Sunday, October 11, 2009

Migration and Development

The Economist: The aid workers who really help
UNDP: Human Development Report 2009

Migration can enhance human development, according to the 2009 Human Development Report. About 200 million migrants around the world help their home countries by not only sending cash remittances but also sending "social and political remittances." The impact they bring to their home countries is "huge and benign."

Migrants remit cash on a vast scale to poorer countries and this amount exceeds official aid. According to the World Bank, migrants sent $328 billion from developed to poorer countries in 2008, while official aid from OECD members to those countries was $120 billion. India received $52 billion from its diaspora, more than it took in foreign direct investment. This flow of cash increases demand in home countries and supplies hard currency. Cash remittances and material aid during natural disasters and emergencies are also helpful. The Economist noted that technological advances (mobile phones and online banking) and competition between remittance agencies provide easier, safer and cheaper ways of remitting cash.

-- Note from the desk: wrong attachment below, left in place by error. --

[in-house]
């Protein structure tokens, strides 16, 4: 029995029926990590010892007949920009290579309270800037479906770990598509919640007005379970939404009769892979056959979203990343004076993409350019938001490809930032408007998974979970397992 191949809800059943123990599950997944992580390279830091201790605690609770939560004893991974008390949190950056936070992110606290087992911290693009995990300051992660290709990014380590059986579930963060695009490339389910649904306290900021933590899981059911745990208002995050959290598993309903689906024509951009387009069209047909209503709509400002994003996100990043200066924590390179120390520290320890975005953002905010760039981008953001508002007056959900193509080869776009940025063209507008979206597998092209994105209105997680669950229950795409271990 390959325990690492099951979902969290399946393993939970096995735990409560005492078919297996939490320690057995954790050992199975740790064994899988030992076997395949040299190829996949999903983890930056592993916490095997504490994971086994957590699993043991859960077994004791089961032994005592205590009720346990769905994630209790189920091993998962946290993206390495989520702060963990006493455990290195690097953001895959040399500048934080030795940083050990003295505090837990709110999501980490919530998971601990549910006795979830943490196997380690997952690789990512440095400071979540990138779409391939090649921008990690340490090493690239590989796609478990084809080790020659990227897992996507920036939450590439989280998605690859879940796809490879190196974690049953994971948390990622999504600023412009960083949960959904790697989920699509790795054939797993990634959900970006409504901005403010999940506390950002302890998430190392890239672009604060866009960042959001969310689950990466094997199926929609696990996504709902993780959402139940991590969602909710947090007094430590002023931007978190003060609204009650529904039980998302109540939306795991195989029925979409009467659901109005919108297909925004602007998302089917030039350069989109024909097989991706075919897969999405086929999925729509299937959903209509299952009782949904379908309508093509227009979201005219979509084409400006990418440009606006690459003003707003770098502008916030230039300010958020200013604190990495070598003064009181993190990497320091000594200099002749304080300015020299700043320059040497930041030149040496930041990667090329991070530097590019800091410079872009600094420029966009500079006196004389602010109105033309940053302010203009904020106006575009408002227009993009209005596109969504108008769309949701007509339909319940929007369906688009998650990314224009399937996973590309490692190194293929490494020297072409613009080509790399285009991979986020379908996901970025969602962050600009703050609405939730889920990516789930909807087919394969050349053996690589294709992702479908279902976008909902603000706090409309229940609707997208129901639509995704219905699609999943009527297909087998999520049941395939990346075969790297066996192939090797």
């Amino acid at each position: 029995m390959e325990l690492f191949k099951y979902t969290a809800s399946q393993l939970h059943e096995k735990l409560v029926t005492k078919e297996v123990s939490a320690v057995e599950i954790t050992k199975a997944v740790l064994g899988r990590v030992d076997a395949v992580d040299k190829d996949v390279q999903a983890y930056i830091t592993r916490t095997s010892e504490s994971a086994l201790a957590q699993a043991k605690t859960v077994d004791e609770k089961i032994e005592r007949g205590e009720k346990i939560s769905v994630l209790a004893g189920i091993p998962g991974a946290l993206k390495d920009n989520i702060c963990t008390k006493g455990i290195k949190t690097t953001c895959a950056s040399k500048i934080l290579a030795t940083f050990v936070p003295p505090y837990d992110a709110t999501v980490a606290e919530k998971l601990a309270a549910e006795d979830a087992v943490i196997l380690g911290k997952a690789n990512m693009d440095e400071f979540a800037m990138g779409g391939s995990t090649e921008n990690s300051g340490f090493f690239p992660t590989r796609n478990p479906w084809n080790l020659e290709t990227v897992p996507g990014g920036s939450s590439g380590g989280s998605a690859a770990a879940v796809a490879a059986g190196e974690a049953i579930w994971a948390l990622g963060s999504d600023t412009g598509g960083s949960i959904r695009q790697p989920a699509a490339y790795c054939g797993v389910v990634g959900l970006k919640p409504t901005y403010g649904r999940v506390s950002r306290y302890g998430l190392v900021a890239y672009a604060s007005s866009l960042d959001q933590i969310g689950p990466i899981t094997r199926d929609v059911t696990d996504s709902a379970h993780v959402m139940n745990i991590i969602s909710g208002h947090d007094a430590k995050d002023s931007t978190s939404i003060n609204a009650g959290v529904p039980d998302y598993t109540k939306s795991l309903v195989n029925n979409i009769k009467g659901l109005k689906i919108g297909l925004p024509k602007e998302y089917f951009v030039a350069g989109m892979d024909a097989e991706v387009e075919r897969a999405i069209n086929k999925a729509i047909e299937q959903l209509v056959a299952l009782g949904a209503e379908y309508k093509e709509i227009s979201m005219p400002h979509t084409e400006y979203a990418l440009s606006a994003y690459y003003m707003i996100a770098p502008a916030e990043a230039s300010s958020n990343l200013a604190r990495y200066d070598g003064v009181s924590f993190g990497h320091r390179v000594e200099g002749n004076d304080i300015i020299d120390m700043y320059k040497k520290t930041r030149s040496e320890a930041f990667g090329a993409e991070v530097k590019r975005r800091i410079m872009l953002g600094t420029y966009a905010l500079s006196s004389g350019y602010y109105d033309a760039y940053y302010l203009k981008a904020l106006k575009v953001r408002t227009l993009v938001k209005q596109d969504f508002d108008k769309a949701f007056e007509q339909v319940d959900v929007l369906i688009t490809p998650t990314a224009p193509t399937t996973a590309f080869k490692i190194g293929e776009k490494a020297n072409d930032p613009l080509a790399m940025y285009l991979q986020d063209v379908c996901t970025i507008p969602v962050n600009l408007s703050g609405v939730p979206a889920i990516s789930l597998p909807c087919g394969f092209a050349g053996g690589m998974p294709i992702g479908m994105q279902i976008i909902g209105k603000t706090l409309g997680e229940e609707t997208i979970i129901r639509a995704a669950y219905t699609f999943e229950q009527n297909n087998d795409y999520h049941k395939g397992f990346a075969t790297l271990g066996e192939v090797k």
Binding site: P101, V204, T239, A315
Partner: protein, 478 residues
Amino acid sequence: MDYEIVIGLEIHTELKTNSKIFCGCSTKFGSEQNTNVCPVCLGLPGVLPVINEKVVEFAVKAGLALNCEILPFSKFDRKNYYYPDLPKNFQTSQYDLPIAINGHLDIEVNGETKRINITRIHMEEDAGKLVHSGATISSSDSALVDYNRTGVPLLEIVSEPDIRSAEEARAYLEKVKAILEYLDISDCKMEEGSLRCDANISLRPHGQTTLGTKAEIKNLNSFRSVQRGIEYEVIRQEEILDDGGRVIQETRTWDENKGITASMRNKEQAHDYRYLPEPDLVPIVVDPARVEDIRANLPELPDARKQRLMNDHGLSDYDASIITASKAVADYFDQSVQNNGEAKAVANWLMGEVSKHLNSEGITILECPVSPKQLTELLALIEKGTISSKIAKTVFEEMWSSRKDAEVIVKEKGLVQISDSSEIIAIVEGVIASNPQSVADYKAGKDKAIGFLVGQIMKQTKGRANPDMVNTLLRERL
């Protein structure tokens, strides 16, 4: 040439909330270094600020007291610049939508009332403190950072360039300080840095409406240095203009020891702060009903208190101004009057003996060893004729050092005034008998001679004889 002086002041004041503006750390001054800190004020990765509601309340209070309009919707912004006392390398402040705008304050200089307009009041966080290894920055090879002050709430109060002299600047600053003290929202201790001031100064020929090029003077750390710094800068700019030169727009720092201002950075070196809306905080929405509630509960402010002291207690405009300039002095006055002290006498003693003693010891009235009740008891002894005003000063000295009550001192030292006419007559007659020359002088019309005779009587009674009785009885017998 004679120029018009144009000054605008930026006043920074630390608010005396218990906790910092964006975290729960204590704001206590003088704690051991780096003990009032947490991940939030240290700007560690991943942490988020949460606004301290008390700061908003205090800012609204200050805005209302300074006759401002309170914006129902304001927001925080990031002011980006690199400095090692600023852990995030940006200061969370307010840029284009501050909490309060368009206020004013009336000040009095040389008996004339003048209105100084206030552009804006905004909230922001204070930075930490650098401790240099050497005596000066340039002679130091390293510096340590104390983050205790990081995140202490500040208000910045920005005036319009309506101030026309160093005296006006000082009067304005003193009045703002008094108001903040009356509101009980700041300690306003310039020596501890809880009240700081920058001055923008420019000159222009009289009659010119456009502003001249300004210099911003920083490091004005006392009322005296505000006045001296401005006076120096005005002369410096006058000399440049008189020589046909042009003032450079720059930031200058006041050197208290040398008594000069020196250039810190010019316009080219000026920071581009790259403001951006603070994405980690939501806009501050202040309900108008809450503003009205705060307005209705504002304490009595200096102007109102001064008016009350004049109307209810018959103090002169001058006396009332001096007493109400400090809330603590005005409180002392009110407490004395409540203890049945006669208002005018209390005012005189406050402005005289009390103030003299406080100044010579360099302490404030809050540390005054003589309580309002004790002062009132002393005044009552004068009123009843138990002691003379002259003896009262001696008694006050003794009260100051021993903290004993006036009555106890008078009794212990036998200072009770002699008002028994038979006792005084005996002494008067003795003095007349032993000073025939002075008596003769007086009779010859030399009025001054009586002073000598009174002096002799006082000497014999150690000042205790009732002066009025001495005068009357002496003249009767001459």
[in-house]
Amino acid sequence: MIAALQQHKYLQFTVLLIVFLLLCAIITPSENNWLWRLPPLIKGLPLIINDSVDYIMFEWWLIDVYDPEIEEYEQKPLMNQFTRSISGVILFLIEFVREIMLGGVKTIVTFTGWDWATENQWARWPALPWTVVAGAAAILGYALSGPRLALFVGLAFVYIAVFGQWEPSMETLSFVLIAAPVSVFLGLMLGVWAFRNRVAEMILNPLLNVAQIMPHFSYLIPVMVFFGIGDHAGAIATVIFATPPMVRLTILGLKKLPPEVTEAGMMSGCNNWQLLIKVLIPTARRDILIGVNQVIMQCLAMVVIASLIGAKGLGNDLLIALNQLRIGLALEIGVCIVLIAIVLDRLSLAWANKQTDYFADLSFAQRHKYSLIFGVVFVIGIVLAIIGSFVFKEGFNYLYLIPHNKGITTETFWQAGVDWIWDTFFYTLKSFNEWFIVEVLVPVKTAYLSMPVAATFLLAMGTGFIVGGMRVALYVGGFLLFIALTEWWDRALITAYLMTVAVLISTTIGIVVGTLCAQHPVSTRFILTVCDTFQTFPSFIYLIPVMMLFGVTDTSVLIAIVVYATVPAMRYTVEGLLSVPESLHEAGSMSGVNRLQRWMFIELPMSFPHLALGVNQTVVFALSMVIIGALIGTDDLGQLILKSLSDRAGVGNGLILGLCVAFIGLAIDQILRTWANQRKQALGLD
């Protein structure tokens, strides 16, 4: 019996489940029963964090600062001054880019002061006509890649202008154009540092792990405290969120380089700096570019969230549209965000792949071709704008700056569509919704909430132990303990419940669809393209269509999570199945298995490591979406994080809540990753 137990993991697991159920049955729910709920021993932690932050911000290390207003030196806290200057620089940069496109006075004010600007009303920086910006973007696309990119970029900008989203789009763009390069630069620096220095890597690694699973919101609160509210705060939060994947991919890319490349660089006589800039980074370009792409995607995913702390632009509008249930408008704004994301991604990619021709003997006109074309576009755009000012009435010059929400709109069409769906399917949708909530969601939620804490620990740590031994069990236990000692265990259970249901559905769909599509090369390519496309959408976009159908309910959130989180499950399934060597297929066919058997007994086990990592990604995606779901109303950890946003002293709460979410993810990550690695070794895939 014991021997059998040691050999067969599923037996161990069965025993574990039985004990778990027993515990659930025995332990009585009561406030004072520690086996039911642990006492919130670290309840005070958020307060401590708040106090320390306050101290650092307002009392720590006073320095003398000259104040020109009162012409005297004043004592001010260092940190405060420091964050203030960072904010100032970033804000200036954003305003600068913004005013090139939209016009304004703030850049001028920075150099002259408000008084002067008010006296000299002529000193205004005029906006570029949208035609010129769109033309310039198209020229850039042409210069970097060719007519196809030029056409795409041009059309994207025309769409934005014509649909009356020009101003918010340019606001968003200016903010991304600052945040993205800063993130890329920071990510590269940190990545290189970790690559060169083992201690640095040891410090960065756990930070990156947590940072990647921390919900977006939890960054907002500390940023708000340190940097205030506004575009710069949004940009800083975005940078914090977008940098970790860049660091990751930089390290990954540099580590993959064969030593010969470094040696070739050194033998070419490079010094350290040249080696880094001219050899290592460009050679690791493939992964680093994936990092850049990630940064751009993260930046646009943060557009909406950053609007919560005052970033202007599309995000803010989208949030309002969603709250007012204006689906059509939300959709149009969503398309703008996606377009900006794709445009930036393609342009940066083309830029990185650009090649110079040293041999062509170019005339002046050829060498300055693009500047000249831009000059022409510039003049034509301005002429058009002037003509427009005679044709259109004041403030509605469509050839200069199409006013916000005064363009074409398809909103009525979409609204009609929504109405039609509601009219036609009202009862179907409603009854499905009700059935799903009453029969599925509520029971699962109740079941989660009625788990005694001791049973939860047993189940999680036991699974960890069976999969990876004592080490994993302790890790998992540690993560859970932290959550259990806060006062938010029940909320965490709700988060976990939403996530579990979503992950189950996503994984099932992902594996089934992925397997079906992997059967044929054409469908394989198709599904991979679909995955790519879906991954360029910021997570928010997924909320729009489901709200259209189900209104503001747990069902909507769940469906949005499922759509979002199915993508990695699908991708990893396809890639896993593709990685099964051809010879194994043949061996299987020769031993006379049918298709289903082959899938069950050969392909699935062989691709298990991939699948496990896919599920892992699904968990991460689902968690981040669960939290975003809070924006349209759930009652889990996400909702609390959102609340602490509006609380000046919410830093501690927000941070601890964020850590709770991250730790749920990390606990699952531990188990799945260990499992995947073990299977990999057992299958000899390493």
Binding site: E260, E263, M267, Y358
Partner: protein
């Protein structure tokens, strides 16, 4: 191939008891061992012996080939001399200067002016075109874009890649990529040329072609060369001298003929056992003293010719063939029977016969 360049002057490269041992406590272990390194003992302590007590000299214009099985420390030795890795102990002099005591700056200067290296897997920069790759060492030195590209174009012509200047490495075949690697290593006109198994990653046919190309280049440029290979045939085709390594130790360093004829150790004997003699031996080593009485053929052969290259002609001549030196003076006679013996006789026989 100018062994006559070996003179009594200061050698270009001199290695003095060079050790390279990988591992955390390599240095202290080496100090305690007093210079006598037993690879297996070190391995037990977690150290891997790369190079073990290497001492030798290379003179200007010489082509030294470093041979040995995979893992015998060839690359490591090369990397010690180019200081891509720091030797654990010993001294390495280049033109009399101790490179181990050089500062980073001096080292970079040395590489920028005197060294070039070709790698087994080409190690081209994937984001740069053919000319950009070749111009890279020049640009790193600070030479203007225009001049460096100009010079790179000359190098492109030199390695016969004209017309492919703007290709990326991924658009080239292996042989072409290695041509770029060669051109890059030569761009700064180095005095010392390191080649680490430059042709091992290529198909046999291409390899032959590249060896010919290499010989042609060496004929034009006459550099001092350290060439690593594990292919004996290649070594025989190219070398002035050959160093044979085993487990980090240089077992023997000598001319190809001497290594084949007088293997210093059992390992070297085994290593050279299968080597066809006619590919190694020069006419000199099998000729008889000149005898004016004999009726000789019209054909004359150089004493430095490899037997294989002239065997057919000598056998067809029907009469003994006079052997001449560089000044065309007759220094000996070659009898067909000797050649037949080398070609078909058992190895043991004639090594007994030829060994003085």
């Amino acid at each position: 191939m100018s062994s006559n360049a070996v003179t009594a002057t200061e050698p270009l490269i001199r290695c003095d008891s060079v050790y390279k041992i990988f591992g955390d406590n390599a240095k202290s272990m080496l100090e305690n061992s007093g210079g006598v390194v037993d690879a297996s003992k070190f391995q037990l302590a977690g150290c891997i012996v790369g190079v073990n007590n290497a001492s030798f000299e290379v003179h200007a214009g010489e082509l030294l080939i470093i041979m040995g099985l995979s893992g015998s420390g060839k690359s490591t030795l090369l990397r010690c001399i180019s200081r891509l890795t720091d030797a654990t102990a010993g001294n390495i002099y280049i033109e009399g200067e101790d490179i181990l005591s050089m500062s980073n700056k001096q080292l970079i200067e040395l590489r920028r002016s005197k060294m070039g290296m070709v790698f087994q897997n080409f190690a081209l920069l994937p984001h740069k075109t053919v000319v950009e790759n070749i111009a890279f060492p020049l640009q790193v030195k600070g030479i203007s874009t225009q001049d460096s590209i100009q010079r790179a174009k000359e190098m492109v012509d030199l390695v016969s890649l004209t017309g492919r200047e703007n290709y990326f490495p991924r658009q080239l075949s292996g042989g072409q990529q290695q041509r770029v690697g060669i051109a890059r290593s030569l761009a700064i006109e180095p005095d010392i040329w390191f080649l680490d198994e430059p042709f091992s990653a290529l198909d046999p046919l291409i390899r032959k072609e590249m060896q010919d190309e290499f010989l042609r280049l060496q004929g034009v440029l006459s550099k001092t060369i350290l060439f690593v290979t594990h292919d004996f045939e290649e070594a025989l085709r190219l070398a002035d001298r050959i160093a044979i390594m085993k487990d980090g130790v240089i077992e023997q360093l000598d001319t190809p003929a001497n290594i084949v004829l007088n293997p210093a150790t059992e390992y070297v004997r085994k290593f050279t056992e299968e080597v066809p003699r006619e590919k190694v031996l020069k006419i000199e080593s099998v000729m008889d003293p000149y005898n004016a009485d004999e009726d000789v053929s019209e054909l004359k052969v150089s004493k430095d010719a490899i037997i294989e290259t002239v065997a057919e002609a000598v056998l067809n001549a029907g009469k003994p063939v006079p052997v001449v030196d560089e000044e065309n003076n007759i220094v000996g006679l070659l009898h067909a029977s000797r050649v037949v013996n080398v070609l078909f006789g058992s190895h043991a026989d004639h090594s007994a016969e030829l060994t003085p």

Moreover, migrants contribute to the social and political development in their home countries by sending useful values and knowledge. So called "social remittances" include reductions in fertility, higher school enrollment rates and the empowerment of women in home countries. In India's case, the government responded to the requests of many Indian-origin people living abroad by creating more transparency and simplified regulations for foreign investors.

In order to realize these benefits, the report calls for policy reforms in six areas: 1) opening up existing entry channels to more workers; 2) ensuring basic human rights for migrants; 3) lowering the transaction costs of migration; 4) finding solutions that benefit both destination communities and the migrants; 5) making it easier for people to move within their own countries; and 6) mainstreaming migration into national development strategies.

Discussion Questions:
1) The report argues that migrants also benefit the host countries (e.g., boosting economic output, contributing to social diversity and the capacity for innovation, etc.). However, during the time of recession, how likely is it that governments in developed countries would pursue policy reforms suggested by the report? Should they? If so, why?
2) Large inflows of cash remittances into small economies may lead to inflation or currency appreciation. What could be other negative effects of remittances? See UICIFD's E-Book Part Four II, "Remittances and Development"

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